In response to atherogenic stimuli, blood monocytes transmigrate across the vascular endothelium not only through endothelial cell–cell junctions (para-cellular) but also through endothelial cells themselves (trans-cellular). The molecular mechanism of the latter is mostly unknown, because it rarely happens, especially in vitro. Although many reports have recognized trans-cellular migration from snapshot images of leukocytes halfway across the endothelium at non-junctional locations, it often produces a false-positive result, because some leukocytes that initiate trans-cellular migration withdraw and return to the apical endothelial surface. Thus, analyzing the entire process is essential. In this study, complete monocyte trans-cellular migration was successfully captured for live cells, with simultaneous visualization of endothelial PECAM-1. We suggest the possible existence of both PECAM-1-related migration at peri-junctional sites and PECAM-1-unrelated migration at sites remote from junctions. This is the first report to describe the entire process of monocyte trans-cellular migration for live cells and its relationship with endothelial PECAM-1.
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This work was supported in part by Grant-in-Aid for Scientific Research in Japan (18300156 and 19700391), and grants from Kawasaki Medical School (Project-Research 18-306T and 19-314Y). Ken Hashimoto is also supported by grants from Takeda Science Foundation (Japan) for research on monocyte trans-endothelial migration.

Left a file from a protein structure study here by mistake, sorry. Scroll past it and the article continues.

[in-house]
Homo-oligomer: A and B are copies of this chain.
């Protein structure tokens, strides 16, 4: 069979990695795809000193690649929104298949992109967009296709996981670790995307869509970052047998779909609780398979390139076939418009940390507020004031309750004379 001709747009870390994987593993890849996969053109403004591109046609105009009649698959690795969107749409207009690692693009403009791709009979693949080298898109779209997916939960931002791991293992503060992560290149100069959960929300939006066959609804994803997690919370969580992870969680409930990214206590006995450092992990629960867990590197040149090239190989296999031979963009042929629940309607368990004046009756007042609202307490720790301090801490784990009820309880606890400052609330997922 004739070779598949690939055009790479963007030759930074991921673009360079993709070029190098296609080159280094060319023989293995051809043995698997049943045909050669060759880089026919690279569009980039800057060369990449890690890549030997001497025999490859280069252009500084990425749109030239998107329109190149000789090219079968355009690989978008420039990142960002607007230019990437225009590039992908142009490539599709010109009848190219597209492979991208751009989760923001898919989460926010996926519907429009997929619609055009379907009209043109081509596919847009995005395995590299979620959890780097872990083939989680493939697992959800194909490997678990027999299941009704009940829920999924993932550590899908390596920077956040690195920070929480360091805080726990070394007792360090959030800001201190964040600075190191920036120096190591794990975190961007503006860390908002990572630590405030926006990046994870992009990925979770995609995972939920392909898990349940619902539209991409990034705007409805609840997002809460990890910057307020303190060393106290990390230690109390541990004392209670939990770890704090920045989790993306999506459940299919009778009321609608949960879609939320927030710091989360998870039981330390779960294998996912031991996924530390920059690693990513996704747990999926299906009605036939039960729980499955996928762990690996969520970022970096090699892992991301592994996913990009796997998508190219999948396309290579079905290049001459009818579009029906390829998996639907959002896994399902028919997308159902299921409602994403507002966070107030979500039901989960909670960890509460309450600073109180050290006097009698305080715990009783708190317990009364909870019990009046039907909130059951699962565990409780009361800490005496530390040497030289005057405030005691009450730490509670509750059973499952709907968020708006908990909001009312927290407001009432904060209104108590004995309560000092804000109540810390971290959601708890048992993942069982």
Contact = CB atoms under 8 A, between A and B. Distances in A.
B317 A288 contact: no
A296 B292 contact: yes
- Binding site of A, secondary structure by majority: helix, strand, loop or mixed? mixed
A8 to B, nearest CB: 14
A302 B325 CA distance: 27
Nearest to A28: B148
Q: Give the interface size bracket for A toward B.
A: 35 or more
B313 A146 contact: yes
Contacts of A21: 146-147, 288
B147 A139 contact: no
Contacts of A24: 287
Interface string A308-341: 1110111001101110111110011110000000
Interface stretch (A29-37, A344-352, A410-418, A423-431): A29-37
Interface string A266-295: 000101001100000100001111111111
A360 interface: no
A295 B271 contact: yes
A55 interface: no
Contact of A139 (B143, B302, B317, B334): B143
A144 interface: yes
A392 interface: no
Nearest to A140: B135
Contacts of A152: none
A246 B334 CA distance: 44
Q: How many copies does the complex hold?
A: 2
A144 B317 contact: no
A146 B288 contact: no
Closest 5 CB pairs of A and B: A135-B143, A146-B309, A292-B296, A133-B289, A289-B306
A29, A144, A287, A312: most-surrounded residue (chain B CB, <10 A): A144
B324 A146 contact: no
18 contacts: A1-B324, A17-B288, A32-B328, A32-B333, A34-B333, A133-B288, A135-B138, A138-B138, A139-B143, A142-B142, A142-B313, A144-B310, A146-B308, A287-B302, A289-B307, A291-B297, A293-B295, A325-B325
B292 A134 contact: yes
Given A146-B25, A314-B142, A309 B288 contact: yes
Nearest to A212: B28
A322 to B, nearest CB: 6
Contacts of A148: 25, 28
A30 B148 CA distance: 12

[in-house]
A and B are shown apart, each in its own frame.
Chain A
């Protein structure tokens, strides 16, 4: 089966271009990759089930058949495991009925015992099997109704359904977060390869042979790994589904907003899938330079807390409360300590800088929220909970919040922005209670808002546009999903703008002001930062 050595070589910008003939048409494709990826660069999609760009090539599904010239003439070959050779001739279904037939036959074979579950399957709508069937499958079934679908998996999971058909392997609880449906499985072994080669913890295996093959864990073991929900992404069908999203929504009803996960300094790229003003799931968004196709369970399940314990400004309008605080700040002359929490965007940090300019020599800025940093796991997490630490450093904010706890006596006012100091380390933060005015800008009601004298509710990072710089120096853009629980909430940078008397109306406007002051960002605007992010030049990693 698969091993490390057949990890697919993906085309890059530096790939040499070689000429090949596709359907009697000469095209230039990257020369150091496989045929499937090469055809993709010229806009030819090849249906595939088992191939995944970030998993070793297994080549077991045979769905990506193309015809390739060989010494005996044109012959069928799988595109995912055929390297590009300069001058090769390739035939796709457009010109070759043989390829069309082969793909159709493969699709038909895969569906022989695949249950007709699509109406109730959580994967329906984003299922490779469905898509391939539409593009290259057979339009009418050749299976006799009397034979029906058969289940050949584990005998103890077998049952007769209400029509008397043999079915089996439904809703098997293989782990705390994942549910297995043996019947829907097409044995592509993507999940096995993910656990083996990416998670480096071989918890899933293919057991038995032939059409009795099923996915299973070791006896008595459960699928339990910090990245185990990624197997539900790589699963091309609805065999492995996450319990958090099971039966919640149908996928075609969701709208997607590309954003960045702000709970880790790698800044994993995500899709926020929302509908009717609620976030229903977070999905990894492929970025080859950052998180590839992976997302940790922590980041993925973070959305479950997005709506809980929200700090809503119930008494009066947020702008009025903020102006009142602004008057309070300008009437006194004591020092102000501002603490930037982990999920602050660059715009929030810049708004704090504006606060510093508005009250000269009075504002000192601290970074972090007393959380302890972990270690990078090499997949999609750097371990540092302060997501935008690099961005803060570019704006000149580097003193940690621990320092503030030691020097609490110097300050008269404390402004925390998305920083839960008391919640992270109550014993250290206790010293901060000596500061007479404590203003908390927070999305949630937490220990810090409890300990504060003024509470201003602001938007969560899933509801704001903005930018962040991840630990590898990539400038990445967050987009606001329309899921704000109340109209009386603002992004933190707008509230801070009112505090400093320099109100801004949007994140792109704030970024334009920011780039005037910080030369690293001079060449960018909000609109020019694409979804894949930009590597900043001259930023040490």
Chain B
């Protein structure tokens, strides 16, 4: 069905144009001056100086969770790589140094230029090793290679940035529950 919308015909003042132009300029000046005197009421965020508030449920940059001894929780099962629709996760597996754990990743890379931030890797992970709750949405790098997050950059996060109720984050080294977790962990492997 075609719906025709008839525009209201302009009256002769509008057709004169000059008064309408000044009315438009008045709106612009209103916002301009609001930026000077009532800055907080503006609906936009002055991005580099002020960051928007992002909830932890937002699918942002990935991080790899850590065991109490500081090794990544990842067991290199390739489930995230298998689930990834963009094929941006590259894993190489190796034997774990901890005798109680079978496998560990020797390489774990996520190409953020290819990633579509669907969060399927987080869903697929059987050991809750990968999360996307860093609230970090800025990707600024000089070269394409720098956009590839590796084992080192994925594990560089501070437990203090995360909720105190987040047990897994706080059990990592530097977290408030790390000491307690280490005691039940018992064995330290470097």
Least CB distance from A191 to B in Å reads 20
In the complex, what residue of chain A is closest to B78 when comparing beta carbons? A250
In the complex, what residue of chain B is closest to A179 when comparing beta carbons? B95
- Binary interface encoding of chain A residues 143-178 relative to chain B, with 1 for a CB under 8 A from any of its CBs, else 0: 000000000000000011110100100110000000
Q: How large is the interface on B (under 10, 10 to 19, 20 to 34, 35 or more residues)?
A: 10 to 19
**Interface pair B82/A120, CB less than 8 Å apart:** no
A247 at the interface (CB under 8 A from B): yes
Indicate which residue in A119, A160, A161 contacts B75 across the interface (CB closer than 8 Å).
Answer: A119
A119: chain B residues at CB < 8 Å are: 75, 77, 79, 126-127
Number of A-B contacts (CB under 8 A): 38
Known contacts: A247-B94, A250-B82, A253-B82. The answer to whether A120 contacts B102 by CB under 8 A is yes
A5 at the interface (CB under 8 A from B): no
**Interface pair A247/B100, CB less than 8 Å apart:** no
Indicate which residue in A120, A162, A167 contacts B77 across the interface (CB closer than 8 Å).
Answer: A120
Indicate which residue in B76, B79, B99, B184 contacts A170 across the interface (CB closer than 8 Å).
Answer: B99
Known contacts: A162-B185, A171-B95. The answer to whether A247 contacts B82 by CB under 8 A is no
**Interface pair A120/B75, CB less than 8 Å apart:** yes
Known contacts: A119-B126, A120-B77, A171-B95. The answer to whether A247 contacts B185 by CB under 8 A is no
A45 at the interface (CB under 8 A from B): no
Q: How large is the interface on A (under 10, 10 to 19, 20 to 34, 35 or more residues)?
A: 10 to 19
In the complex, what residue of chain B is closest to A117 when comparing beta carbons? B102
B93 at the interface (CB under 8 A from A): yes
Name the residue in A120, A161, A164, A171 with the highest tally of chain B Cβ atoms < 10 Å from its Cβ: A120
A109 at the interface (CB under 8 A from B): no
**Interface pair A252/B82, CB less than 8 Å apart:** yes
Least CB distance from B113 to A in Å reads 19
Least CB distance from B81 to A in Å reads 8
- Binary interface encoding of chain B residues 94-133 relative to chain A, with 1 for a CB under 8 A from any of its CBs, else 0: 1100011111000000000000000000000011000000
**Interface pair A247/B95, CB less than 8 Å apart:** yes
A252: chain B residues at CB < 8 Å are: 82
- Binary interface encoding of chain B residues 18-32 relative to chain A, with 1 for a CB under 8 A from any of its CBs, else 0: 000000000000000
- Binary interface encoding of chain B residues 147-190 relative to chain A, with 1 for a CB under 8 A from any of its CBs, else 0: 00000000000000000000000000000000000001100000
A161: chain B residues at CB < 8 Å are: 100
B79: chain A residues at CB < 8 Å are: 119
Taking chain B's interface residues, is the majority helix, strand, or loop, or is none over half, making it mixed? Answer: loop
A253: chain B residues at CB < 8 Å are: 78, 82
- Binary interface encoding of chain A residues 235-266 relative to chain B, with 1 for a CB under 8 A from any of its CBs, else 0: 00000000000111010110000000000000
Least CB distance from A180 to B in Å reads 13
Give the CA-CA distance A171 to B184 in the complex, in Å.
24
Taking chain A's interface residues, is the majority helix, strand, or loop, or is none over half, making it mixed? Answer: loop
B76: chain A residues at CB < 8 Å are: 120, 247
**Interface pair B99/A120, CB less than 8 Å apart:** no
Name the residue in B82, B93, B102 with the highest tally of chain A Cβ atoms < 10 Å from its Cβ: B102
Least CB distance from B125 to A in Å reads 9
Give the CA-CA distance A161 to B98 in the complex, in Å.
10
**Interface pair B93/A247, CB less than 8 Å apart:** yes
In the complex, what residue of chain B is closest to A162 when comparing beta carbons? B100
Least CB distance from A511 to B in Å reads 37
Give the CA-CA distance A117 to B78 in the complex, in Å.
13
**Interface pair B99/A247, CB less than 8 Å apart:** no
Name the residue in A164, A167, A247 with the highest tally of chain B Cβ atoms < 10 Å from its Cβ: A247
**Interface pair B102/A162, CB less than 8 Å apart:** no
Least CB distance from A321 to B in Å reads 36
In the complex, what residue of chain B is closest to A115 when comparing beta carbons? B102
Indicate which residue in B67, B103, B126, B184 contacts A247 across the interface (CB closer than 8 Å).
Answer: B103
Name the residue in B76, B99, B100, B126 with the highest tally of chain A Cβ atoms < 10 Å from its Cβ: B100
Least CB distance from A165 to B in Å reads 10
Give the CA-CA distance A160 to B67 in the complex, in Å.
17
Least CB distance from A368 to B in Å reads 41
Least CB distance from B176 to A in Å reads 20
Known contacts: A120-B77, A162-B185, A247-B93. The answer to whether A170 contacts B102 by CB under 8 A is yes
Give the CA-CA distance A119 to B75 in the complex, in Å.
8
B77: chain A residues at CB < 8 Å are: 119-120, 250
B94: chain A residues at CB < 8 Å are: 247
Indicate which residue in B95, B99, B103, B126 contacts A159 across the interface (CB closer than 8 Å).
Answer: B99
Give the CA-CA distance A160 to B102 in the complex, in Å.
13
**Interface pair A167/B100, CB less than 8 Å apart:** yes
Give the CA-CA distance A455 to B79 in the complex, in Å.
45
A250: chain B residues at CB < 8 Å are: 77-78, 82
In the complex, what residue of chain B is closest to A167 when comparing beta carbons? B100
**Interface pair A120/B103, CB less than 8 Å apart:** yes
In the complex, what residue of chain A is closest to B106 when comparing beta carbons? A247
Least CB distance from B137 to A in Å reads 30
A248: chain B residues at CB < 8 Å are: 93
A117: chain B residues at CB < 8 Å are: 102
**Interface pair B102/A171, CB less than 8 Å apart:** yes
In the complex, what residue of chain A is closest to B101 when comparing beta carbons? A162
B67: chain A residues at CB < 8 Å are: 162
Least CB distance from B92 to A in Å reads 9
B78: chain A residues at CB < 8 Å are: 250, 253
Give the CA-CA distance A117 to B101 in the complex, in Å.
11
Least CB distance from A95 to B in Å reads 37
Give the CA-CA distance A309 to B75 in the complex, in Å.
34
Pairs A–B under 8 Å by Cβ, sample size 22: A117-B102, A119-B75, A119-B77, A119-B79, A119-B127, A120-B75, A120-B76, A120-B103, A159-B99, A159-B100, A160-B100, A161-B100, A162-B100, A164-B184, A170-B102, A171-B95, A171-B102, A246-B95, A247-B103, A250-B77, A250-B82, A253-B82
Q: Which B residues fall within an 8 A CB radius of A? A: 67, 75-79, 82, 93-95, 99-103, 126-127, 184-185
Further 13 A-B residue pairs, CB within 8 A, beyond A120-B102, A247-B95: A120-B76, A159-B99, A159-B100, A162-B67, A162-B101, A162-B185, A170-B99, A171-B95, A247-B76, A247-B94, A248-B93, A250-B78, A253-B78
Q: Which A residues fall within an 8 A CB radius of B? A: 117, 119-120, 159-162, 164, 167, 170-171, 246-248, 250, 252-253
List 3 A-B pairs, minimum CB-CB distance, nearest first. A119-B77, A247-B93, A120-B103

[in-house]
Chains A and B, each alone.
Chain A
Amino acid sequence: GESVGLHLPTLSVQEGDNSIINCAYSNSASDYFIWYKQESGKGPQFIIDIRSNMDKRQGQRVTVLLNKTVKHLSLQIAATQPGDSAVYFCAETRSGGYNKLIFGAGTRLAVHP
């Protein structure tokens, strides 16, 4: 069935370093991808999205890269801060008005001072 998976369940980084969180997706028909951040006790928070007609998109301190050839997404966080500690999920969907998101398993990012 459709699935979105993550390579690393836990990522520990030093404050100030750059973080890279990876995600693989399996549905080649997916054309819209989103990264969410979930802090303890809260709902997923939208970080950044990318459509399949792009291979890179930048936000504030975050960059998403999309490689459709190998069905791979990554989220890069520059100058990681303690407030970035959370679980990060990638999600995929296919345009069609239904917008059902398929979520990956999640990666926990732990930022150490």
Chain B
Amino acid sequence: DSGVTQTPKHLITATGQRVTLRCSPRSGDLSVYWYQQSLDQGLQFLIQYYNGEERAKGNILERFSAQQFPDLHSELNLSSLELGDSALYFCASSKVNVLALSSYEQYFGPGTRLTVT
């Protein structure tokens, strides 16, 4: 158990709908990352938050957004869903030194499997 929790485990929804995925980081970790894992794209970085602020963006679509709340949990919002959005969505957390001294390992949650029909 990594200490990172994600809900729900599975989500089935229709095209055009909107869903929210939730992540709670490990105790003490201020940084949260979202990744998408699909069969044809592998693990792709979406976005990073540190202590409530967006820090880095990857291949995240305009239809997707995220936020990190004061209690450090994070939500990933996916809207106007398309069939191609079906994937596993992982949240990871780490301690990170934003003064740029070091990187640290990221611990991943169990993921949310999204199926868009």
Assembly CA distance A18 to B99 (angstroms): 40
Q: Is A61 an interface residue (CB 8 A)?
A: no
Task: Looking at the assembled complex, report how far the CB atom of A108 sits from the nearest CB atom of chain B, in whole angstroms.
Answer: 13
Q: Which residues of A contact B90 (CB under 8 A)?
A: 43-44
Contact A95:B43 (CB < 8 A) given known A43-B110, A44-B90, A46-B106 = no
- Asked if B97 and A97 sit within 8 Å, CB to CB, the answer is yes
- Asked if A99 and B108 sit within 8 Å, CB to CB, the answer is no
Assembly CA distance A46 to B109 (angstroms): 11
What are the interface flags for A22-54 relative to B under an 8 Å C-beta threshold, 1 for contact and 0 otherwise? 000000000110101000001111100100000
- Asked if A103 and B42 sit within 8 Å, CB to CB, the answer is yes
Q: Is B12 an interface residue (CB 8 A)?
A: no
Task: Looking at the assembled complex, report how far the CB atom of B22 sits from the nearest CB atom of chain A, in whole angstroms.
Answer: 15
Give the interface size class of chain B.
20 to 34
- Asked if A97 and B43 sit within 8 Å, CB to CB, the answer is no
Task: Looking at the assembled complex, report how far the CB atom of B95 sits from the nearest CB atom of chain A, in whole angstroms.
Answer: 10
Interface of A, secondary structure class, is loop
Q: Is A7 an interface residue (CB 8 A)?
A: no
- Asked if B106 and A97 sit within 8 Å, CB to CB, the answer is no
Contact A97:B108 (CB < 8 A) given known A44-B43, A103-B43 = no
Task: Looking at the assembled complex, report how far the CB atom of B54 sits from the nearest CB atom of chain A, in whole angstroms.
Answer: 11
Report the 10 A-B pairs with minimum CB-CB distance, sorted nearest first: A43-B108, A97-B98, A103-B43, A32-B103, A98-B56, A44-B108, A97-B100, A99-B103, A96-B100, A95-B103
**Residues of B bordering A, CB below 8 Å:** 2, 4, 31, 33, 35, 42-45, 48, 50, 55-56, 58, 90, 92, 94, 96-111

Conflict of interest
The authors declare that they have no conflict of interest.
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Supplemental movie 1. PECAM-1-unrelated trans-cellular migration at sites remote from junctions. Monocyte M1 (red) underwent trans-cellular migration at a site relatively remote (>20 μm) from the nearest junction (arrows at 38–47 min), but related endothelial PECAM-1 (green, GFP-tagged) was not observed. Beneath the endothelium, M1 seemed to be in contact with another monocyte M2 that had previously transmigrated (arrowheads at 43–47 min), and the two monocytes seemed tightly stuck each other at 47 min (arrow and arrowhead). The movie clip was integrated from sequential images in Fig. 2, together with other images from the same sample. Time after monocyte addition in minutes is shown in the lower-right corner. Maximum-projected xy-images toward the z-axis are shown, with xz/yz orthogonal images cut with the specified planes that are indicated as white lines on xy-images. Bar, 20 μm.
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Hashimoto, K., Kataoka, N., Nakamura, E. et al. Live-cell visualization of the trans-cellular mode of monocyte transmigration across the vascular endothelium, and its relationship with endothelial PECAM-1. J Physiol Sci 62, 63–69 (2012). https://doi.org/10.1007/s12576-011-0181-8
- Trans-cellular migration